Older adults often have many major changes happen in a short period of time. Through life’s changes, grief can start to affect our emotional and physical health as well as our day-to-day activities. I tell my patients that we can all get through grief, especially when we understand that it’s normal and not a medical problem.

Grief is a normal part of life

The pain of loss is significant and can feel overwhelming. Many difficult and unexpected emotions will emerge. You’ll feel the pain of grief physically, and it can be a challenge to cope with daily activities. These are all normal reactions to loss. Everyone experiences grief differently, and there’s no right or wrong way to grieve. But there are ways to cope and ease your pain so you can move forward with your life.

Common causes and symptoms of grief

These types of situations can make you feel sad, isolated or that you’re not contributing to daily living:

  • Loss of a loved one through death or moving away
  • Physical changes that affect your strength, vision, hearing or endurance
  • Changes to your independence like no longer driving or cooking
  • Fewer social interactions
  • Loss of financial security

You may experience any of these symptoms:

  • Emotional reactions, such as shock, anger, disbelief, guilt and profound sadness
  • Physical pain, such as headache, tightness in the throat or body aches
  • Difficulty sleeping, eating or thinking clearly

How to cope with grief

Grief is difficult but often the symptoms go away in a few months. Long-term grief can lead to depression, so it’s important to get helping recovering. Here are ways you can cope with grief:

  • Take as much time as you need to heal.
  • Talk about signs of grief. You may or may not be aware of how you are grieving. Ask others if they see emotional, physical or behavior changes in you.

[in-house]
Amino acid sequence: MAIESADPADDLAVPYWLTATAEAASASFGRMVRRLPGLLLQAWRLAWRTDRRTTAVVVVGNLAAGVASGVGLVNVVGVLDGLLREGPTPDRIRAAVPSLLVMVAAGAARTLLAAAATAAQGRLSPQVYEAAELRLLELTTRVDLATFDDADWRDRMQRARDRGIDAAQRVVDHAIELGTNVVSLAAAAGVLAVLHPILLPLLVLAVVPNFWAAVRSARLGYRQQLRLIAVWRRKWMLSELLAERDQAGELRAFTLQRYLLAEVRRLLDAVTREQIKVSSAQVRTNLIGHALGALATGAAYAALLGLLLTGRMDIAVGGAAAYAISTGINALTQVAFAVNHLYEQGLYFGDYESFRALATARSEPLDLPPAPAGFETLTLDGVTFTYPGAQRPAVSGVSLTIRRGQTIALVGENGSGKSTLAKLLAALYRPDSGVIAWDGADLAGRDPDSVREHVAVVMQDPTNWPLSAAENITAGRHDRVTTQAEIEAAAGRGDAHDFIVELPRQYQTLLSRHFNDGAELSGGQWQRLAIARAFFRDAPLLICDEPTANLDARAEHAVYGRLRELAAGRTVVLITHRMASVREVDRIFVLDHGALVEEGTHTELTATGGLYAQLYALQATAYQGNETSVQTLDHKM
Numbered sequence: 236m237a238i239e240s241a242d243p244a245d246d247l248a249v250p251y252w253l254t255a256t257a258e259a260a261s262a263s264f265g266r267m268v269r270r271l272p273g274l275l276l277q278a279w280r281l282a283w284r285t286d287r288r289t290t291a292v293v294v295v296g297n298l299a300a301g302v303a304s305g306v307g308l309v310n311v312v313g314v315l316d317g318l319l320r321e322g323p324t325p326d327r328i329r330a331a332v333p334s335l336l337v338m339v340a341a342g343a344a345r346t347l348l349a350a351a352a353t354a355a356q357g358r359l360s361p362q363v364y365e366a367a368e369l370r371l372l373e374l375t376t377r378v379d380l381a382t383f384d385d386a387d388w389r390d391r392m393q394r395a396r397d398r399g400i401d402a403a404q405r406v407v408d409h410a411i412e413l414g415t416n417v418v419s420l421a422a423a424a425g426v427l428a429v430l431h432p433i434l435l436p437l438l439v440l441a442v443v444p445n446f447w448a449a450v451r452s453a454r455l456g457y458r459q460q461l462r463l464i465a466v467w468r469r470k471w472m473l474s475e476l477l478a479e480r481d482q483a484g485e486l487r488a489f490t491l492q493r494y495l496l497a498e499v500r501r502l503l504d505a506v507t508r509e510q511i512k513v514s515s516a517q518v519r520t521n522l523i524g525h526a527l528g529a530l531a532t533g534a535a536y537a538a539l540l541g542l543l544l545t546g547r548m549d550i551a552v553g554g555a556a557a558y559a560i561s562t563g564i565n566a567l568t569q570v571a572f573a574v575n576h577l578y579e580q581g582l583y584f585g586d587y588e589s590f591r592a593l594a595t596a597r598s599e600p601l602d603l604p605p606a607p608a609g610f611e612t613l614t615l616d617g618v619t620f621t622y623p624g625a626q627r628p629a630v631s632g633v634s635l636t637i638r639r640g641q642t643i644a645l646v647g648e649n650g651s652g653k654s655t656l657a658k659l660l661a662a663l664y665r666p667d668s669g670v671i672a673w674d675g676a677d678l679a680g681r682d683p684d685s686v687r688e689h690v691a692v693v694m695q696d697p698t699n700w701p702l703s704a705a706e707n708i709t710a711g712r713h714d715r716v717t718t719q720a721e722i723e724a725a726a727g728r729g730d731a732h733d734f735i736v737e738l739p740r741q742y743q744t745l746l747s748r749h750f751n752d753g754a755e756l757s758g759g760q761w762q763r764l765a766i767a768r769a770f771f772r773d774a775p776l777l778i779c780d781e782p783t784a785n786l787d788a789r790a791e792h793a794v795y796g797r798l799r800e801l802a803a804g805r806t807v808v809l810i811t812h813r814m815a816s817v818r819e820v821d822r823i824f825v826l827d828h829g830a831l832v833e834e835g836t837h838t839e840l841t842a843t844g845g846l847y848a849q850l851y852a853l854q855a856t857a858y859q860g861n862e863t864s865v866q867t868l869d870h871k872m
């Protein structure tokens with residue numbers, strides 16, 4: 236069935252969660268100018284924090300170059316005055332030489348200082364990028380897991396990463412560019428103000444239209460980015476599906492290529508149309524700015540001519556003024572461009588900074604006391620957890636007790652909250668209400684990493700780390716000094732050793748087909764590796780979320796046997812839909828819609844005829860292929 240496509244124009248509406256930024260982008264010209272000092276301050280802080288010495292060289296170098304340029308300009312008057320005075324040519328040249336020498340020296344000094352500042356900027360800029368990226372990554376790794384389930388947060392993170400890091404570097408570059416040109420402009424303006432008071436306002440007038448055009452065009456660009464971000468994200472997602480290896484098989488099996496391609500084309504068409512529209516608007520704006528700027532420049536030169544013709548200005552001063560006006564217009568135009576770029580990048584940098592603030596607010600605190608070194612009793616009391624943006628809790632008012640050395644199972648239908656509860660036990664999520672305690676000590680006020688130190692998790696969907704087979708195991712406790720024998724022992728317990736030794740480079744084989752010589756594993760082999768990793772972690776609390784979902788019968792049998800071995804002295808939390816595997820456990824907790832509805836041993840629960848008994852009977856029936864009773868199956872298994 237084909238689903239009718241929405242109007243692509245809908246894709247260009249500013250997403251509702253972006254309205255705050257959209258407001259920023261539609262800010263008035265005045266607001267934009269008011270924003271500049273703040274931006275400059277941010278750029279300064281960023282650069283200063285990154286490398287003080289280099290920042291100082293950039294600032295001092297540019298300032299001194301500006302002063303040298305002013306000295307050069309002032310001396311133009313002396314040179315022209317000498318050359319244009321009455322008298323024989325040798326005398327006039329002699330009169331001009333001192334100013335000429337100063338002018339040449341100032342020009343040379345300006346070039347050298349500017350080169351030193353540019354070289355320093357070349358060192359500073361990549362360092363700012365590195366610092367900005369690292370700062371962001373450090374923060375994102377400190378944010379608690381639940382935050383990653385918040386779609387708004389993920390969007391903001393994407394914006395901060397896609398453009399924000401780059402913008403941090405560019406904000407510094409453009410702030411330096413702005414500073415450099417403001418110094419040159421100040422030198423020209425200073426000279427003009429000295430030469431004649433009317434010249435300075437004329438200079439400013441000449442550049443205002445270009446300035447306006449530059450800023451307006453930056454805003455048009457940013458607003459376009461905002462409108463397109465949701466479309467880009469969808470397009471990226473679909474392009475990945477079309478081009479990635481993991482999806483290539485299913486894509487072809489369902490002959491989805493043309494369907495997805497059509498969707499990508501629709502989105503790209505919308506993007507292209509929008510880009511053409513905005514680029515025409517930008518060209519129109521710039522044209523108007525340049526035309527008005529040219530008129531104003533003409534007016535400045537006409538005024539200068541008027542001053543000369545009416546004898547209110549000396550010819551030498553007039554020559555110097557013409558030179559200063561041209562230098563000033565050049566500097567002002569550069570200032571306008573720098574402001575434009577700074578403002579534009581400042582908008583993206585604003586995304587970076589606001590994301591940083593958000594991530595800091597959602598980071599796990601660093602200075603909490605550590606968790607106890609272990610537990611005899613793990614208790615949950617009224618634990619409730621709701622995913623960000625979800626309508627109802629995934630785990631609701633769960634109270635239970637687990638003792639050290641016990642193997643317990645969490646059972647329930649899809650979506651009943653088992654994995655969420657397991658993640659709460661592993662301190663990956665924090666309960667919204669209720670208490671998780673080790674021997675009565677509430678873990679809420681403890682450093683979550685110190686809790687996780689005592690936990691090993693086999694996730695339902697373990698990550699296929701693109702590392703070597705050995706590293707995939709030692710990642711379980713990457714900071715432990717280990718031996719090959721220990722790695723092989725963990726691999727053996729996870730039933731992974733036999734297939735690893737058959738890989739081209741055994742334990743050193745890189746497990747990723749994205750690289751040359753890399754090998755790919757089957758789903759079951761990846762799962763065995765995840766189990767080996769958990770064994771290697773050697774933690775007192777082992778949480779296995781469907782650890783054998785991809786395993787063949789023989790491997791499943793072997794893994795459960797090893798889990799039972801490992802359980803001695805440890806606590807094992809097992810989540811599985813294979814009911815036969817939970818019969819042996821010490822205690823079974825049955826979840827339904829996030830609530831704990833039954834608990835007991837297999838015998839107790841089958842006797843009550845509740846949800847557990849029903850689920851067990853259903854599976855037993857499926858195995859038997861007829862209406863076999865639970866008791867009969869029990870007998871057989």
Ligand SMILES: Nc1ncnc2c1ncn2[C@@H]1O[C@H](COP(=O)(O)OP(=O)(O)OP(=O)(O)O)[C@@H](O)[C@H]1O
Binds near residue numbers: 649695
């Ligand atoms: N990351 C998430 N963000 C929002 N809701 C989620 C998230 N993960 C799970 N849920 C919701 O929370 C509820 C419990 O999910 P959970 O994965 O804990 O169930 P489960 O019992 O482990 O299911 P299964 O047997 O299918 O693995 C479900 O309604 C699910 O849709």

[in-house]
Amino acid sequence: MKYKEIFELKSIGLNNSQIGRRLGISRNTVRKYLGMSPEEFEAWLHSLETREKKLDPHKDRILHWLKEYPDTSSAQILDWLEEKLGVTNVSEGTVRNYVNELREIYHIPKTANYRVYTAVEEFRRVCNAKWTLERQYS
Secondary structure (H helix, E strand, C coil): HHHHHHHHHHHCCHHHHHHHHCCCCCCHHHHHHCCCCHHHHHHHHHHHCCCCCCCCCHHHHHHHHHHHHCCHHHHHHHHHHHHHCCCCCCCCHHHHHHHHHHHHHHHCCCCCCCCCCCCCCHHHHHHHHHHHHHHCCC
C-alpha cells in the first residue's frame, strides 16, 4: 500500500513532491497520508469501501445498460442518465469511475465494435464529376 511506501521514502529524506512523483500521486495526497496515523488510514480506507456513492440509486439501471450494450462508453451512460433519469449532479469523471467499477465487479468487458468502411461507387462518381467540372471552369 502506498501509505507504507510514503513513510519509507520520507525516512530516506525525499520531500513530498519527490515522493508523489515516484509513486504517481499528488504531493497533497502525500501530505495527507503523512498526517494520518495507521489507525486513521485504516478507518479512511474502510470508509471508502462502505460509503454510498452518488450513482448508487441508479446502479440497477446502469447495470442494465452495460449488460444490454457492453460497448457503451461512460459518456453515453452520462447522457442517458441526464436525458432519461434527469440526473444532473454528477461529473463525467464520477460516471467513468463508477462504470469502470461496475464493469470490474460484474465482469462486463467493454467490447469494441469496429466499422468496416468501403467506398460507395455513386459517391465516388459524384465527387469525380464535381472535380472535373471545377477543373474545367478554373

• Spend time with others to deal with feelings of loneliness.
  • Talk about the loss. Share memories of a lost loved one or discuss changes in your life. If you’re dealing with more than one loss at a time, talk about each loss separately. It may help you feel less overwhelmed and able to cope better.
  • Reinforce healthy behaviors: get exercise, eat healthy foods, avoid alcohol use, and socialize with friends and interest group or faith communities.

Watch for signs of depression

In most cases, someone who is grieving doesn’t have a medical diagnosis of depression. If symptoms of grief last longer than two months, it’s a good idea to talk to a doctor. Your doctor may:

  • Review your medications to see if there are side effects for depression
  • Evaluate your blood pressure, thyroid and kidney functions to make sure they are stable and not affecting emotional health
  • Prescribe counseling or a short course of antidepressant medicine if symptoms are severe

If you seek care from a health professional, rest assured that Medicare provides some mental health coverage.

  • Medicare Part A helps cover care if you’re in a hospital for mental health treatment
  • Medicare Part B helps cover outpatient mental health care
  • A Medicare Part D Prescription Drug Plan helps pay the costs of outpatient prescription drugs you may need (if you have a Part D plan)
  • Medicare Advantage, Medicare Cost and Medicare Supplement plans often have more coverage with set copays for doctor or specialist visits

Support to move forward

Remember that you’re not alone through grief. Read more about coping with grief in these helpful articles: